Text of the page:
The subject matter of metric symmetries is very wide and cannot be covered in one review paper. For this reason we have provided a large number of references for more related results.

2. Riemannian and Semi-Riemannian Metric Symmetries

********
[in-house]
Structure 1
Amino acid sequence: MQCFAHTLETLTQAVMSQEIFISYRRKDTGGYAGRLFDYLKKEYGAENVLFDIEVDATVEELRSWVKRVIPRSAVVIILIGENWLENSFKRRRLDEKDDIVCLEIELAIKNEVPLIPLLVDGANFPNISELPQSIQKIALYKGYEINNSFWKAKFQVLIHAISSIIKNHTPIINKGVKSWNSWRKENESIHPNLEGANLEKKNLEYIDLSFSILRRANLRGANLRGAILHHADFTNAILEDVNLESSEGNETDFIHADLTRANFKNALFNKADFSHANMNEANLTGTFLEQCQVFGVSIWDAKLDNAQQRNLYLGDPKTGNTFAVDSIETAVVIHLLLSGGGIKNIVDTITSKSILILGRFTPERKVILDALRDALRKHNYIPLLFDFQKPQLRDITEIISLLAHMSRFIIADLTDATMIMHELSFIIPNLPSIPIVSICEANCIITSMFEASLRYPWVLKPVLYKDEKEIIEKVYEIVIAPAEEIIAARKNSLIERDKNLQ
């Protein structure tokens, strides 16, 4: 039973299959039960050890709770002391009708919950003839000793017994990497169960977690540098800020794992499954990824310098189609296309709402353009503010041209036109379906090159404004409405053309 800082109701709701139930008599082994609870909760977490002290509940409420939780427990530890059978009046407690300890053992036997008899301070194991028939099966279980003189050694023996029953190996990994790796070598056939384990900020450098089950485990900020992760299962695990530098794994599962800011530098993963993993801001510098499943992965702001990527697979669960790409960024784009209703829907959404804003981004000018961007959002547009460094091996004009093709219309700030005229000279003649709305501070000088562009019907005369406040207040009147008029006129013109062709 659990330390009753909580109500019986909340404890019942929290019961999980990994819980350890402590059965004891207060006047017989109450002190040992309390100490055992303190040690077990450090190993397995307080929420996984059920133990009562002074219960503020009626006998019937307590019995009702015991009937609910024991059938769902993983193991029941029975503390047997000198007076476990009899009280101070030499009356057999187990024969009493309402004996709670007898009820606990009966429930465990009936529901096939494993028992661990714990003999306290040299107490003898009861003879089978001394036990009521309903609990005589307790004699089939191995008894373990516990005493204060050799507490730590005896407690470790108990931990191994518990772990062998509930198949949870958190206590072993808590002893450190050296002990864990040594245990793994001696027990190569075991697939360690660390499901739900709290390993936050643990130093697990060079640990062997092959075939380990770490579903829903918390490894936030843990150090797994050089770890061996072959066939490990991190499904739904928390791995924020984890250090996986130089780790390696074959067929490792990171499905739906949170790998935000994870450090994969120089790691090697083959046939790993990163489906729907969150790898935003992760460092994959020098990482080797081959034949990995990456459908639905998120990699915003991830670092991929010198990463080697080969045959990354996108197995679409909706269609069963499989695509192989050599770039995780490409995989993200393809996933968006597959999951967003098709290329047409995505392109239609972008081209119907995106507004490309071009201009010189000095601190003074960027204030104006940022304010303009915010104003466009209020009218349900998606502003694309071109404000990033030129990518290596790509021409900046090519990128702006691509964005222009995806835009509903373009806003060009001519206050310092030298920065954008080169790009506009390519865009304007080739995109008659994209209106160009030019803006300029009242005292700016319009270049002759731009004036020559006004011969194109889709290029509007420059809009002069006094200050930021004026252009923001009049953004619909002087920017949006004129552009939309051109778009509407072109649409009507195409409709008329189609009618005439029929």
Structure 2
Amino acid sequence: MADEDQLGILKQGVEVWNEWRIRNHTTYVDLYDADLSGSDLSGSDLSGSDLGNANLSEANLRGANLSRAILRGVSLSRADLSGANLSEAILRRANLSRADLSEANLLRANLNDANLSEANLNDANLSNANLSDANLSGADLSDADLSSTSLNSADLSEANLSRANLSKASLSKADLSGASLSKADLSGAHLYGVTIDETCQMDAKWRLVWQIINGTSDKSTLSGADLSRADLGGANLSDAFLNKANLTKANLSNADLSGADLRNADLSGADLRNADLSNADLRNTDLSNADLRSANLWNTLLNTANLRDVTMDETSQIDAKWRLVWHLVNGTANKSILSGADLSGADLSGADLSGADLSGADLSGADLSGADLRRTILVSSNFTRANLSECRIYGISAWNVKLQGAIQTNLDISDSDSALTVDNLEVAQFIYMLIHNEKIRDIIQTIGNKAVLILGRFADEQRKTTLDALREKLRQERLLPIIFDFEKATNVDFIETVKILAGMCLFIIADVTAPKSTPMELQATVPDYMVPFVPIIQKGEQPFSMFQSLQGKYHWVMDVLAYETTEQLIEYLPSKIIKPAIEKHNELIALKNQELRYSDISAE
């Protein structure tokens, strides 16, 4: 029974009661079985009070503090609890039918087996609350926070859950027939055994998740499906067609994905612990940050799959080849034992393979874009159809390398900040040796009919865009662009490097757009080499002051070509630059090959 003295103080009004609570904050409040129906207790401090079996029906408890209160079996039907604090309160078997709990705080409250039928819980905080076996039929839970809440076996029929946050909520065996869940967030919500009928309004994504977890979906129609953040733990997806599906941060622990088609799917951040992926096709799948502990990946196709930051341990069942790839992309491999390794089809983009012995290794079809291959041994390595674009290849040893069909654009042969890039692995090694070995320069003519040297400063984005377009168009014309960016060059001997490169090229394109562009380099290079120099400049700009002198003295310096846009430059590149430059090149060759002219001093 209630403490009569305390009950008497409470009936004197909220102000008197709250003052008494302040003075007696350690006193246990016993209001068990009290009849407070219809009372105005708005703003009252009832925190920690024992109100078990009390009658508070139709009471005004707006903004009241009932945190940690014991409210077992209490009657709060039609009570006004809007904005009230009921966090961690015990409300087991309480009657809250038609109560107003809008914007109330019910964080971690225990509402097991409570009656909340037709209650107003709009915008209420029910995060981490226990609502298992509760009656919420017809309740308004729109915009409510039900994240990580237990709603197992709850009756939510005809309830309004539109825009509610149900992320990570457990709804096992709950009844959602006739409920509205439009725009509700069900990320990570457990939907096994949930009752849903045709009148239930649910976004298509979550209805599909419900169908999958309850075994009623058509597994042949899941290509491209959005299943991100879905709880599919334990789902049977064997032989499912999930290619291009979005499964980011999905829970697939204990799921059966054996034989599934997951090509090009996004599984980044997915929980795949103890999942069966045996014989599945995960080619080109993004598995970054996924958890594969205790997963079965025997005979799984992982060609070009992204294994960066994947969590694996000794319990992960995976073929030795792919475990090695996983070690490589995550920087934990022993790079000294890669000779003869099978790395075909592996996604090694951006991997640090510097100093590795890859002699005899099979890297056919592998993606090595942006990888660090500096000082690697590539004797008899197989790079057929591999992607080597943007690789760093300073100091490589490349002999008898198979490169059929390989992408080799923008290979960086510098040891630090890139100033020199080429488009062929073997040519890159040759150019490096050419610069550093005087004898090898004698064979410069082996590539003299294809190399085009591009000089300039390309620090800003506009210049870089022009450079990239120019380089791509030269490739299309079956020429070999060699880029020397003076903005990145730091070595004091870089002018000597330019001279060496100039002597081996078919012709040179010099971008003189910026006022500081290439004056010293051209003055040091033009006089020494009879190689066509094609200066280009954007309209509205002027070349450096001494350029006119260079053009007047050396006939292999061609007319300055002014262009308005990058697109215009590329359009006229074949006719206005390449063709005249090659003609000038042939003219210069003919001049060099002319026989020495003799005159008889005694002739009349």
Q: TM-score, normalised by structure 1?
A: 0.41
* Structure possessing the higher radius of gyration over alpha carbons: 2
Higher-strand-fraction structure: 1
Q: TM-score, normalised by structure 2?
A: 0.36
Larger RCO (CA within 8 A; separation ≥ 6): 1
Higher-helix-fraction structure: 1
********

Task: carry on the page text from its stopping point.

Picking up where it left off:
Given a smooth manifold 𝑀, the group of all smooth transformations of 𝑀 is a very large group. This leads to the study of those transformations of 𝑀 which leave a certain physical/geometric quantity invariant. Related to the focus of this paper we let (𝑀,𝑔) be a real 𝑛-dimensional smooth Riemannian or semi-Riemannian manifold. A diffeomorphism 𝜙𝑀𝑀 is called an isometry of 𝑀 if it leaves invariant the metric tensor 𝑔. This means that 𝑔𝜙𝑋,𝜙𝑌=𝑔(𝑋,𝑌),𝑋,𝑌𝜒(𝑀),(2.1) where 𝜙 is the differential (tangent) map of 𝜙 and 𝜒(𝑀) denotes the set of all tangent vector fields on 𝑀. Since each tangent mapping (𝜙)𝑝, at 𝑝𝑀, is a linear isomorphism of 𝑇𝑝(𝑀) on 𝑇𝜙(𝑝)(𝑀), it follows that 𝜙 is an isometry if and only if (𝜙)𝑝 is a linear isometry for any 𝑝𝑀. The set of all isometries of 𝑀 forms a group under composition of mappings. Myers and Steenrod [6] proved that the group of all isometries of a Riemannian manifold is a Lie group. For analogous results on semi-Riemannian manifolds see O’Neill [2, chapter 9]. The isometric symmetry is related to a local infinitesimal transformation group as follows.